|Appears in Collections:||Aquaculture Journal Articles|
|Peer Review Status:||Refereed|
|Title:||Lipid and fatty acid composition of parasitic caligid copepods belonging to the genus Lepeophtheirus|
|Authors:||Tocher, Jamie A|
Dick, James R
Tocher, Douglas R
|Citation:||Tocher JA, Dick JR, Bron J, Shinn A & Tocher DR (2010) Lipid and fatty acid composition of parasitic caligid copepods belonging to the genus Lepeophtheirus, Comparative Biochemistry and Physiology - Part B: Biochemistry and Molecular Biology, 156 (2), pp. 107-114.|
|Abstract:||Sea lice are copepod ectoparasites that constitute a major barrier to the sustainability and economic viability of marine finfish aquaculture operations worldwide. In particular, the salmon louse, Lepeophtheirus salmonis, poses a considerable problem for salmoniculture in the northern hemisphere. The free-swimming nauplii and infective copepodids of L. salmonis are lecithotrophic, subsisting principally on maternally-derived lipid reserves. However, the lipids and fatty acids of sea lice have been sparsely studied and therefore the present project aimed to investigate the lipid and fatty acid composition of sea lice of the genus Lepeophtheirus obtained from a variety of fish hosts. Total lipid was extracted from eggs and adult female Lepeophtheirus salmonis obtained from both wild and farmed Atlantic salmon (Salmo salar L.) sampled at two time points, in the mid 1990’s and in 2009. In addition, L. salmonis from wild sea trout (Salmo trutta L.) and L. hippoglossi from wild Atlantic halibut (Hippoglossus hippoglossus L.) were sampled and analyzed. The lipids of both females and egg strings of Lepeophtheirus were characterized by triacylglycerol (TAG) as the major neutral (storage) lipid with phosphatidylcholine and phosphatidylethanolamine as the major polar (membrane) lipids. The major fatty acids were 22:6n-3 (DHA), 18:1n-9 and 16:0, with lesser amounts of 20:5n-3, 22:5n-3 and 18:0. L. salmonis sourced from farmed salmon were characterized by higher levels of 18:2n-6 and 18:3n-3 than lice from wild salmon. Egg strings had higher levels of TAG and lower DHA compared to females, whereas L. hippoglossi had lower levels of TAG and higher DHA than L. salmonis. The results demonstrate that the fatty acid compositions of lice obtained from wild and farmed salmon differ and that changes to the lipid and fatty acid composition of feeds for farmed salmon influence the louse compositions.|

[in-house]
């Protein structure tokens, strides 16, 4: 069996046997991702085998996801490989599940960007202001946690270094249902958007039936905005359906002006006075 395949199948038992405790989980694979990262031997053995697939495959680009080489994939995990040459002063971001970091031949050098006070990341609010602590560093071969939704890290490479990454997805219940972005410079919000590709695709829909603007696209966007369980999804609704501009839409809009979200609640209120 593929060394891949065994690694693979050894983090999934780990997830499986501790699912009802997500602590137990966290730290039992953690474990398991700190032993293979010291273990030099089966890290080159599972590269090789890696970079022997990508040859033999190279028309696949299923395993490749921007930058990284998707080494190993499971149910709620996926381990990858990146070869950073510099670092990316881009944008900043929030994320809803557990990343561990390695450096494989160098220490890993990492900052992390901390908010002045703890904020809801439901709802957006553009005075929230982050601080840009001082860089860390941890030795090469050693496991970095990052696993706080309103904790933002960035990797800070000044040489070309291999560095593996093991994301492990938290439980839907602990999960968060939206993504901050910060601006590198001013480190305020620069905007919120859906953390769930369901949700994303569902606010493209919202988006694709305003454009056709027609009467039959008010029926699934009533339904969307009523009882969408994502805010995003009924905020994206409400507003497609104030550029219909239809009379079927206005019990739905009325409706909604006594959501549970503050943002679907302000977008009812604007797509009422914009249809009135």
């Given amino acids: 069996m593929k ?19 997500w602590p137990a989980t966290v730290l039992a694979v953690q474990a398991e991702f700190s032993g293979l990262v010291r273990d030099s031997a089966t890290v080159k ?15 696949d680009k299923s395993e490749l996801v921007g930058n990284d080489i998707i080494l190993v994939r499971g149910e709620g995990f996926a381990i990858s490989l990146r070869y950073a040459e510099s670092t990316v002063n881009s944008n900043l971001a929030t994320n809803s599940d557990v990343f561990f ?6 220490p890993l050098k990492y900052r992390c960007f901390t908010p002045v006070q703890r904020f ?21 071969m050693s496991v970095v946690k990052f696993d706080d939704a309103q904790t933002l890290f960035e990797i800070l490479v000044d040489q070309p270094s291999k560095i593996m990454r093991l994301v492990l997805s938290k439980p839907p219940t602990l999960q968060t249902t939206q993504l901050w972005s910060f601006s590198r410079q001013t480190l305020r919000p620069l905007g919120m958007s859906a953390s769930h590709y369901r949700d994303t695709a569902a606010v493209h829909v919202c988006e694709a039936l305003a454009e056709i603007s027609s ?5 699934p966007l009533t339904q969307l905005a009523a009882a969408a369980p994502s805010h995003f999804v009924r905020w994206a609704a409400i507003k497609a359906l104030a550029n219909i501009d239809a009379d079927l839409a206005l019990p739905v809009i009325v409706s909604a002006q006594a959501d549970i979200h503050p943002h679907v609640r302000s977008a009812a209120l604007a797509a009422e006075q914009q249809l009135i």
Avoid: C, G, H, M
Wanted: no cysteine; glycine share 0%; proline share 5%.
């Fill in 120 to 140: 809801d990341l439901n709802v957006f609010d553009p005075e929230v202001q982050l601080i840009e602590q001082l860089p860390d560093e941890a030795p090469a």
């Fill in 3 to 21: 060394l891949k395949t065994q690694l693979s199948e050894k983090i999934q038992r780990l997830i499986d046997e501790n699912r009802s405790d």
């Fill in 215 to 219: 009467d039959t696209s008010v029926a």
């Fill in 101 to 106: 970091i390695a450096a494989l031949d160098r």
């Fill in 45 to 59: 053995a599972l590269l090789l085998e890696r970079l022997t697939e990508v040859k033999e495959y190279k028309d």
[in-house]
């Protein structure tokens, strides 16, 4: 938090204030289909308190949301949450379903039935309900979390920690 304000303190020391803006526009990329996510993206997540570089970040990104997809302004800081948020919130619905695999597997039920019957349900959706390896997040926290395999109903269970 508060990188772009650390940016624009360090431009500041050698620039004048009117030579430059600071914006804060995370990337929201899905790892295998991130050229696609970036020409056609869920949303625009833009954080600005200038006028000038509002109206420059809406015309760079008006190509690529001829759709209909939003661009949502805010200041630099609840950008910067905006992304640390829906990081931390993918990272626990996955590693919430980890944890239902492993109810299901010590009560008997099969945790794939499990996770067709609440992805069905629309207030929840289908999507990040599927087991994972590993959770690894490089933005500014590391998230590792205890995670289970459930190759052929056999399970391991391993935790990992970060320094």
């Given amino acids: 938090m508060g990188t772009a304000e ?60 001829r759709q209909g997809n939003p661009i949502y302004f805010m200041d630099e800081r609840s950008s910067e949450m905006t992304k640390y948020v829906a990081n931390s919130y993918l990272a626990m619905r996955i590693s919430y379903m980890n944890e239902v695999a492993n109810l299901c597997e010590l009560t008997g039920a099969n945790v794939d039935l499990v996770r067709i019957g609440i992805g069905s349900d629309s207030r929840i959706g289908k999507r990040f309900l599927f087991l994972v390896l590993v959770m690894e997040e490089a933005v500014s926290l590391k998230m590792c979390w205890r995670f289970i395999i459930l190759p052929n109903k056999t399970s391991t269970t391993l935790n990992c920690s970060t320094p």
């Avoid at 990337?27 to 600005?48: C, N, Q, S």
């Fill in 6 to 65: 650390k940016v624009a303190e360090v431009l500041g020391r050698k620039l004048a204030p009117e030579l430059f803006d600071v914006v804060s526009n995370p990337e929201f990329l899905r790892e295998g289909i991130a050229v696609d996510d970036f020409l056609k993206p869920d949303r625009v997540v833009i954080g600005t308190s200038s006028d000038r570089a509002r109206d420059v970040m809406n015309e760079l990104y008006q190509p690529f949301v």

|Rights:||Published in Comparative Biochemistry and Physiology Part B: Biochemistry and Molecular Biology by Elsevier.; Comparative Biochemistry and Physiology Part B: Biochemistry and Molecular Biology, Volume 156, Issue 2, June 2010, pp. 107 - 114|
|Affiliation:||University of Stirling|
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